Monday, September 22, 2014

Frittata's many accents, H Mart bargains, confusing signs

A 10-inch frittata made with smoked wild salmon and extra-virgin olive oil proves to be a linguist, speaking in Italian, Swiss and Middle Eastern accents, above and below.

This morning, I had a wedge of frittata with a leftover rice-lentil-diced-tomato side dish I prepare in an electric cooker. I added a Mexican accent with roasted green salsa before heating up the rice.


My latest weekend frittata mixes accents -- grated Pecorino Romano, a sheep's milk cheese, and pesto, both from Italy; Aleppo pepper and za'atar thyme mixture, two spices from the Middle East; and reduced-fat Swiss cheese.

I started with a mixture of egg whites and organic whole brown eggs from Costco Wholesale, and added a little low-fat milk, grated Italian cheese, and chopped green pepper and tomato.

For a 10-inch frittata, you can use up to four cups of egg mixture, which you pour into a pre-heated non-stick pan with a thin layer of extra-virgin olive oil.

Three or four reduced-fat Jarslberg Lite Swiss slices can then be added, along with slices of smoked wild Alaskan salmon, both from Costco.

When the crust sets, move the pan to the oven and cook for about 15 minutes under a low broiler setting or until the frittata puffs up and turns brown (my oven has "low" and "high" broiler settings).

Mildly spicy Aleppo pepper, za'atar and Basil Pesto, also from Costco, are added after the frittata is removed from the oven.

A za'tar mixture includes dried thyme, sour-tasting wild sumac, crunchy sesame seeds and salt. 

Za'atar also is great accent for fresh tomato slices or sprinkled over cooked rice, and the mixture can be used as a coating for fish, chicken or lamb.

Aleppo pepper -- a crushed red pepper -- and za'atar are available from Fattal's, a Syrian bakery, grocer and butcher in Paterson's Middle Eastern bazaar (open 7 days, 975-77 Main St.; 1-973-742-7125).

Fattal's says you can call to order crushed red pepper and za'atar, along with bulgur wheat, bread and some other items, and they will be sent to you by United Parcel Service (UPS).

Large, seedless cucumbers are on sale through today -- the first day of autumn -- at H Mart in Little Ferry, one of the biggest stores in the Korean chain.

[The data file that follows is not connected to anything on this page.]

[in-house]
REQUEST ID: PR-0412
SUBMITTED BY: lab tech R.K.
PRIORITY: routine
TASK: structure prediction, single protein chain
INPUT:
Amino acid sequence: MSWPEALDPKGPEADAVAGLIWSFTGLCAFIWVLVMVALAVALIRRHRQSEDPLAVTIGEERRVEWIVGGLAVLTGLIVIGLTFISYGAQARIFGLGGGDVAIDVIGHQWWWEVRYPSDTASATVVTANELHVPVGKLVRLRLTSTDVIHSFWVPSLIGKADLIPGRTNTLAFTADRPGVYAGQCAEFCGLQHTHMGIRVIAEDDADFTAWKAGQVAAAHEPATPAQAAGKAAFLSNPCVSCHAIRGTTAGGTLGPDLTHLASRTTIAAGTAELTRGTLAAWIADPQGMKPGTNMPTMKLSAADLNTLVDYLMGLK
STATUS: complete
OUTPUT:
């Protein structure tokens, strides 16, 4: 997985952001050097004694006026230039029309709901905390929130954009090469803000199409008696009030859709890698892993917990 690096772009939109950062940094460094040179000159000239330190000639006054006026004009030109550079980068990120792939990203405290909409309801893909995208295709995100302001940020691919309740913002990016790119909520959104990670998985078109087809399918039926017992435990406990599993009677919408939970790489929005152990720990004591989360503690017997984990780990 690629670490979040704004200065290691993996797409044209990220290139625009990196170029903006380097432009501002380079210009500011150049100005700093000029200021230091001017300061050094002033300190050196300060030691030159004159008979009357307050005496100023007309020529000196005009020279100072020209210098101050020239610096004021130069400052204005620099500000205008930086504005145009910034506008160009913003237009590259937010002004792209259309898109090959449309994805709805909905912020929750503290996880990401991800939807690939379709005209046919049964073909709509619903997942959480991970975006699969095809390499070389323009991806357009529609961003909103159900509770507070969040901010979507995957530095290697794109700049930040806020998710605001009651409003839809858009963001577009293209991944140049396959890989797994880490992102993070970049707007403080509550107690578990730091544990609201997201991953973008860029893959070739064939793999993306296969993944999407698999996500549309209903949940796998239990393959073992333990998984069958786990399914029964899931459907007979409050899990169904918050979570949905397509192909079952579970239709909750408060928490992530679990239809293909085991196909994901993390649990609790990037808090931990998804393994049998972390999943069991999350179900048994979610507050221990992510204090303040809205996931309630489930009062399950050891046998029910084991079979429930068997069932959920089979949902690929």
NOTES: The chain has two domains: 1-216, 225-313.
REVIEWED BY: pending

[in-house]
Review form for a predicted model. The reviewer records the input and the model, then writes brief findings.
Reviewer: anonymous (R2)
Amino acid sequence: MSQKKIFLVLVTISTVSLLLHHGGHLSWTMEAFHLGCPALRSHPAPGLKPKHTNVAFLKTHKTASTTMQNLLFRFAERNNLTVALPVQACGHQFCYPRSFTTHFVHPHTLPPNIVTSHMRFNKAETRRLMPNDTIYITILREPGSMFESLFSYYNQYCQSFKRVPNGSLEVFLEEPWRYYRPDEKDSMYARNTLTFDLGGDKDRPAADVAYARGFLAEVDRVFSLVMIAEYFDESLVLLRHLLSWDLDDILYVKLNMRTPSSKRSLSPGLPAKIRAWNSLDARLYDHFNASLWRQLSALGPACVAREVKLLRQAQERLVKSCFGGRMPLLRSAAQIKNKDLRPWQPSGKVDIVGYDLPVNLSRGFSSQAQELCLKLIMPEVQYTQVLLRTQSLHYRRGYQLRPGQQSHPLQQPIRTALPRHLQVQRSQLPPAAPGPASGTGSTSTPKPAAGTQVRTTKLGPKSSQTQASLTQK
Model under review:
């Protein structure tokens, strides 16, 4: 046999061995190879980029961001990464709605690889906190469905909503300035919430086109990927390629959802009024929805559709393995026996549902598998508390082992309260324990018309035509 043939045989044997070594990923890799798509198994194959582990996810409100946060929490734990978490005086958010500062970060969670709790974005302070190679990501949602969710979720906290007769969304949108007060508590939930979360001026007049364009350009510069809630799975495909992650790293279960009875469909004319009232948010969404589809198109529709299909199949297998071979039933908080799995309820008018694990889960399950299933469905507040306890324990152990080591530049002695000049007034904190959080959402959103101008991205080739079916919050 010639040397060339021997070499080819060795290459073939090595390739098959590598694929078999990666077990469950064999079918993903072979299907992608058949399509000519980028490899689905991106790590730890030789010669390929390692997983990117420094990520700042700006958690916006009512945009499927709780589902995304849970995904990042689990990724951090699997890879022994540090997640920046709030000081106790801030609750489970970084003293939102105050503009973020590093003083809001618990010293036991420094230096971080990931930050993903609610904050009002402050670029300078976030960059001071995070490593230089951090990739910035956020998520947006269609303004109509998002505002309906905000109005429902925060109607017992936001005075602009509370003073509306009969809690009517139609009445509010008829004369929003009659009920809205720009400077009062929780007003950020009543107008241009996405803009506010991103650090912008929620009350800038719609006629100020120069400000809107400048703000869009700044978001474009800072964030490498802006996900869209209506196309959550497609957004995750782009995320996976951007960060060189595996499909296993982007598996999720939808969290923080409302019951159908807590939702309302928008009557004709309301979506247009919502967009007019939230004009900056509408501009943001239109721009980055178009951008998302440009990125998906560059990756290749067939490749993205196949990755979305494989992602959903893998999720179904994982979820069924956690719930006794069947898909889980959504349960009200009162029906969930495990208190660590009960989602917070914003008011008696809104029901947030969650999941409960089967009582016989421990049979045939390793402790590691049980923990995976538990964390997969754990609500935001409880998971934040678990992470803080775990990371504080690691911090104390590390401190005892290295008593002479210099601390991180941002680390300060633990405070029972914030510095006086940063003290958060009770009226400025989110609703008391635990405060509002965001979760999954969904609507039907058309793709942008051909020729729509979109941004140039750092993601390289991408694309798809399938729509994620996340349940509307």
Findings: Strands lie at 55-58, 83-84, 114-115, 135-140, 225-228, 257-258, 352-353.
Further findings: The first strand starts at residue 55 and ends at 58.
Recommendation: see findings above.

When I got them home on Sunday, sliced cucumbers made a nice salad dressed with extra-virgin olive oil, Ponti-brand Chianti and Pinto Grigio Wine Vinegars from Jerry's in Englewood; and Himalayan Pink Salt and Organic No-Salt Seasoning from Costco.

Kabucha or kabocha squash at H Mart in Little Ferry is on sale through Thursday.

H Mart has good fall deals

At H Mart in Little Ferry on Sunday, I picked up a 15-pound bag of California-grown Kokuho Yellow Label white rice on sale for $10.88, a savings of $5.11, according to the Korean supermarket.

Before the drought in California, the same bag would go on sale for $8.99. 

Other bargains were large, seedless cucumbers at 69 cents each and kabocha squash at 49 cents a pound.

Golden pineapples were only $1.99 each, compared to $2.99 at ShopRite in Paramus.

Whole, fresh, wild-caught croaker were $3.99 a pound.

There is no indication on signs you need the H Mart Smart Card to take advantage of fall sales.

The card provides a 1% store credit after you spend $1,000 (that's $10).

I bought three wild-caught whole croaker at the Little Ferry H Mart on Sunday ($3.99 a pound), and asked the fishmonger to cut them into steaks, including the heads. My wife seasoned them with Old Bay (celery salt, red and black pepper and paprika) and prepared them with olive oil; onion, tomato and sweet pepper, and chicken stock.

The entrance to H Mart in Little Ferry is one of the shabbiest in North Jersey. The store is clean, but worn floors, stained ceiling tiles and other signs of a long-overdue renovation abound. At the same time, the store offers more than a half-dozen free samples on Sundays.

Too good to be true. At ShopRite in Paramus this morning, a tote bag of Bosc Pears weighed 6 pounds, but you can't buy one for 99 cents. The sign, in smaller lettering, lists the price per pound as 99 cents, which is the same price, if you buy the pears loose. 

Confusing signs, rotting tomato

When I'm food shopping, it's bad enough when I can't find a sign that lists the price for an item.

But confusing signs don't help either.

Today, at ShopRite in Paramus, I found at least two of the signs in the produce department confusing, and was turned off by a rotting cocktail tomato when I turned over a package that was on sale.

A sign with 6-pound tote bags of Bosc pears had "99 cents" in big type, but smaller type listing that as the price per pound.

Nearby, a large bin with loose Bosc pears had no price sign.

The $2.99 price sign for Golden Pineapples was partially obscured by the fruit itself, and a $3.99 sign for honeydew melons was mounted just above it.

No sale. Campari-like cocktail tomatoes from Mexico were on sale for $3.49 (2-pounds), a dollar less than the price at Costco Wholesale in Hackensack. But when I turned over one package ....

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